Our first grandchild was born two years ago, and somewhere in the past few months he’s transformed from a baby into a charming toddler. I recently spent three delicious days playing with him while his parents and my husband tended to some weekend projects.
The long drive home gave me time to reflect upon how many parenting truths one small person could teach his grammy in such a short time. Several of them would have made a difference in how I parented our children way back the 1980s and 1990s. Since it’s too late for that, I’m passing them along for you to use in the here and now of 2014.
Parenting Truth #1: More Alike Than Different
The first parenting truth learned was this. Parenting kids with special needs is more like parenting typical kids than it is different. Both kinds of parenting takes a great deal of time and energy. Both require constant and continual sacrifices. Both are incredibly rewarding endeavors, as long as you’re good at the delayed gratification thing and can handle snot, slobber, pee, and poop.
Parenting Truth #2: Parenting Is a Young Person’s Game
Suffice it to say, I would not have survived three days with a toddler had I been in charge of meeting all his needs. Yes, we spent many hours together each day. But I did not change diapers, do laundry, feed him, or get up with him at night. Even so, it took me a day or two to recover after we arrived home. Parenting really is a young person’s game.
Parenting Truth #3: Appropriate Choice Is Essential
This is one of those parenting truths that requires translation. Here it is: I used manipulation rather than appropriate choice far too often during my parenting years. And how, I now wonder, did I fail to see that saying things like “Are you ready to go downstairs now?” is not a good question because when a child used to being presented with appropriate choices says, “No,” I become manipulative? I am presently training myself to say, “Do you want to go downstairs after we read this book or that book?” in hopes of doing better next time.
Parenting Truth #4: Prayer Is a Grandparent’s Privilege
You know all those books about how to pray for your kids? The ones like my book Different Dream Parenting, which come with monthly prayer guides to use for your kids? Well after a few days with a toddler, I was scratching my head wondering how parents of young kids and kids with special needs carve out time to pray consistently for them. But I also realized, that as a grandparent, I do have time to pray for my grandchildren. So I’ve resolved to do so. Maybe your parents would do the same for your kids, too, if you give them one of those books with all those prayer guides.
Parenting Truth #5: Parenting Is About Kids, Not Parents
When I was a young parent, I worried way too much about what other people thought of my parenting ability. As a grandparent, I have slightly less skin in the game. Therefore, I now see that parenting is not about the parents. It’s about the kids. It’s about providing an environment in which kids can explore and grow and learn how to become as independent and secure as they can possibly be. So, young parents, concentrate on creating the right environment and don’t worry about what other people think. Because parenting isn’t about the people watching you. And it’s not about you. It’s about the kids.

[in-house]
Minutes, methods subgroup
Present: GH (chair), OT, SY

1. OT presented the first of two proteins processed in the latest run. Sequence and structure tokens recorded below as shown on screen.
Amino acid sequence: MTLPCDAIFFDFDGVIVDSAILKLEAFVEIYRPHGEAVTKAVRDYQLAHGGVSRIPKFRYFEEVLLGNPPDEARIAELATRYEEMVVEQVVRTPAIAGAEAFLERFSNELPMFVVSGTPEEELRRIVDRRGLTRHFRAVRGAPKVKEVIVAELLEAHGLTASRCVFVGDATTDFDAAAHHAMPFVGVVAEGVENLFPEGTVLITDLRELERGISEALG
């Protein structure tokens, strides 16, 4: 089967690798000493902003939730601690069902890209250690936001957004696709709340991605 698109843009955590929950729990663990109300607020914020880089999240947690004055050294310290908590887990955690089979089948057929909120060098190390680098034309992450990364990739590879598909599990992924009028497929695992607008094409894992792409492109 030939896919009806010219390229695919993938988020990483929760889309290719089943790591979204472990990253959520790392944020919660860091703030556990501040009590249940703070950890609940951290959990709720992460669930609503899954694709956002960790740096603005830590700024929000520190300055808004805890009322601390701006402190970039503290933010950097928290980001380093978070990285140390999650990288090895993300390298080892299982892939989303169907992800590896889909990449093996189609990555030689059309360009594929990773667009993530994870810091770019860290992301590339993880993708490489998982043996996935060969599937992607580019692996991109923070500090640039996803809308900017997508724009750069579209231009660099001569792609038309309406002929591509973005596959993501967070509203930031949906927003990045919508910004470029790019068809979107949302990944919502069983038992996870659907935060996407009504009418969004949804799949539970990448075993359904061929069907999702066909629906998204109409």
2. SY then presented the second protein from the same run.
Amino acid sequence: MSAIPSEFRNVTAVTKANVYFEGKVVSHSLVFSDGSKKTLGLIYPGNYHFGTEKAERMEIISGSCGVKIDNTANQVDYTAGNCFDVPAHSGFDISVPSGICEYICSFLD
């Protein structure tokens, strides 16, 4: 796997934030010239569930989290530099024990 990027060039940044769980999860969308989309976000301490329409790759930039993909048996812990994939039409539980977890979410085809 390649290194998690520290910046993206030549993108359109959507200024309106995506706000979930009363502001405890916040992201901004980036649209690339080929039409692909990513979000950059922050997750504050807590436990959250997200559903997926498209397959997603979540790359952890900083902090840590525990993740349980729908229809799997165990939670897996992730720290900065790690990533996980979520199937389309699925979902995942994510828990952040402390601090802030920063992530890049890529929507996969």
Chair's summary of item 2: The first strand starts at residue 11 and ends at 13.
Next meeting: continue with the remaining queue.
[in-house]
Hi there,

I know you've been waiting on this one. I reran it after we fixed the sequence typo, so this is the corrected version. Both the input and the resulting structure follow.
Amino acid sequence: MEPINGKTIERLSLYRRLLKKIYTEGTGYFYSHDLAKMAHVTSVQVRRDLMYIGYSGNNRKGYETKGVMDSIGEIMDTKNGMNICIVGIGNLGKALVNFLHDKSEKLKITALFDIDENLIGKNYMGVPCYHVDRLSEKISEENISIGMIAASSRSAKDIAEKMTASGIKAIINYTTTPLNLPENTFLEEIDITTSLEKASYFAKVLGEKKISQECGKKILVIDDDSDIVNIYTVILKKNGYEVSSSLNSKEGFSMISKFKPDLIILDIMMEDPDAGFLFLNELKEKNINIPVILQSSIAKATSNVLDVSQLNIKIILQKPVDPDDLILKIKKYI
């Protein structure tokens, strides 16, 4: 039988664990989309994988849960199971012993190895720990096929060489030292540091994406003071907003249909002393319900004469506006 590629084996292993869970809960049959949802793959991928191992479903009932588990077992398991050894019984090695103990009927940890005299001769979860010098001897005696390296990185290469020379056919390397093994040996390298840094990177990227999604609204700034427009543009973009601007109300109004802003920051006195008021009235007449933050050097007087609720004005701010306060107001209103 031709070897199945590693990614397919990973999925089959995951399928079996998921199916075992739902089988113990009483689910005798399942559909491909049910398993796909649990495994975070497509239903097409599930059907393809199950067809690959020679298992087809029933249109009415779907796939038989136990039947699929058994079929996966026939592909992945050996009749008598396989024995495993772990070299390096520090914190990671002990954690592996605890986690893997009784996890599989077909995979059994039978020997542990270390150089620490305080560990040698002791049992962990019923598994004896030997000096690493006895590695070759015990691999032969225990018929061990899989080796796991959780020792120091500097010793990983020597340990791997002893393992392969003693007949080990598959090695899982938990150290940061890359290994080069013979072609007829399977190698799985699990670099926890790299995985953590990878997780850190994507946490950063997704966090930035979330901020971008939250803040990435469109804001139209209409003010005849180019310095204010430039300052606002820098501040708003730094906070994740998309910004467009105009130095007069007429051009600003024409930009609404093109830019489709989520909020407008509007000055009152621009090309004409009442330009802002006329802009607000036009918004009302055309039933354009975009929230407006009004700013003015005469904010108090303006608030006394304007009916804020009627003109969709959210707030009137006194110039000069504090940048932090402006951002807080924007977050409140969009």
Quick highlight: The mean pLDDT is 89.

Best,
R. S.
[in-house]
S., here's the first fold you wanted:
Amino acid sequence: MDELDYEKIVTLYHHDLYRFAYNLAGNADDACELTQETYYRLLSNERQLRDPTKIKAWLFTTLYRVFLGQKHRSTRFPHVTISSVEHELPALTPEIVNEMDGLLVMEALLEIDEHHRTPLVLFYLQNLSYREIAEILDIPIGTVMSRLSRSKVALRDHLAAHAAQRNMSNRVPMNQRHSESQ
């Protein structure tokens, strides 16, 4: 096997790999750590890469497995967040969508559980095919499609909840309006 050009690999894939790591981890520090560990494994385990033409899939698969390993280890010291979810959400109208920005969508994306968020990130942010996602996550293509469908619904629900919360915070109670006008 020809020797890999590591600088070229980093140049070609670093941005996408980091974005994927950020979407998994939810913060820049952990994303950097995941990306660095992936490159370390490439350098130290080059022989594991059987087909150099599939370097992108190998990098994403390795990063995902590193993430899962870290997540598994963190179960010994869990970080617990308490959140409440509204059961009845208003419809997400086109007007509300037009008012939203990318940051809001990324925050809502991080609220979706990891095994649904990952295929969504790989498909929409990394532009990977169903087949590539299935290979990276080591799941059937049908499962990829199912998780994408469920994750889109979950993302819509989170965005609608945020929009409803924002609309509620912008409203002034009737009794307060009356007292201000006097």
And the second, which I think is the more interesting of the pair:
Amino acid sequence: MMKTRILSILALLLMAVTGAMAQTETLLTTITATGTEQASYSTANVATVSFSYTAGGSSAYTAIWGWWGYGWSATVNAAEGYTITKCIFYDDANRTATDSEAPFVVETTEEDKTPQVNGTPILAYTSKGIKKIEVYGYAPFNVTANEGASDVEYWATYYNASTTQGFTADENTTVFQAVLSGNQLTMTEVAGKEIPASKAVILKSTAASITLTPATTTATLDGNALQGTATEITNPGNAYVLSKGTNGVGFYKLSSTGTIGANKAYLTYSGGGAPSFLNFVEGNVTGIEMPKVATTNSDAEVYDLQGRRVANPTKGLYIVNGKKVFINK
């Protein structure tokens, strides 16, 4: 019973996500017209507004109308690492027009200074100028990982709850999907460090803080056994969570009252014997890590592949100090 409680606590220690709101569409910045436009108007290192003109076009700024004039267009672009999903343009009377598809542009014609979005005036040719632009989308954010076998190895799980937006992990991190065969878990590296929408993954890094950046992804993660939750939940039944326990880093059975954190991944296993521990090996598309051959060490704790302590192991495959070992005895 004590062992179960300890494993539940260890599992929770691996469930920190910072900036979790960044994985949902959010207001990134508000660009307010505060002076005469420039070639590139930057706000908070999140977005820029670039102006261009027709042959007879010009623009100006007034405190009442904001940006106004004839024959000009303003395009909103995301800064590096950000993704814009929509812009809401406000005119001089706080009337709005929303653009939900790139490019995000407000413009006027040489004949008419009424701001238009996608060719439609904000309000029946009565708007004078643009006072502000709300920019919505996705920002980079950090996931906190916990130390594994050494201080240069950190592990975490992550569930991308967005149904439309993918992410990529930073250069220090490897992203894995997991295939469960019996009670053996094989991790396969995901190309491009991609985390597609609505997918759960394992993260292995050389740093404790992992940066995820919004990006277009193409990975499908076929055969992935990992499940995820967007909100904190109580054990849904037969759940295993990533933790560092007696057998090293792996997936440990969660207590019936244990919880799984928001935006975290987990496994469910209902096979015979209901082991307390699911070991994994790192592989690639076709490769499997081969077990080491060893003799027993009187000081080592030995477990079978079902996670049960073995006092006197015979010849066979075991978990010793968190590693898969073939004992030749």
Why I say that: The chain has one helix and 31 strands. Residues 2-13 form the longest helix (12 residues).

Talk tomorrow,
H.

Parenting Truth #6: Children and Parents Need Each Other
Interacting with my grandson reminded me that parenting (and grandparenting) is more than a job. It’s a relationship based on mutual needs. Children need love and stability if they are to grow and thrive. But meeting children’s needs stretch parents to become strong in ways they didn’t know they could. Children and parents need each other if they are to become all they were created to be.
Parenting Truth #7: A Child’s Trust Is a Precious Gift
The first time my grandson trusted me to comfort him, my heart melted. It brought back memories of the unique bond of trust I shared with my children when they were young. The gift of a child’s trust, which may feel like a burden when a child is young and very dependent, is a rare and precious gift. No matter how sleep deprived, frustrated, spent, poop-covered, and frazzled you are, treasure the gift as long as it lasts.
Parenting Truth #8: You Will Fail As a Parent
My grandson has really good parents. Parents who do a much better job than I ever did. Even so, they will sometimes fail as parents. And so will you. Because we are frail vessels of clay, cracked and broken on our very best days as parents. But that’s okay, because we are the children of a Heavenly Father who never fails. He is a Father who took our parenting failures and gave them to His Son, who bore them on our behalf. I Peter 2:24 says this:
and He Himself bore our sins in His body on the cross,
so that we might die to sin and live to righteousness;
for by His wounds you were healed.
That’s a parenting truth above all parenting truths. A parenting truth full of promise and healing that comes straight from the Father who gives us parenting truths to rejoice in, parenting truths we can to cling to. It’s a parenting truth this grammy is claiming for herself, for her children, and for her children’s children. For now. Forever. And for always.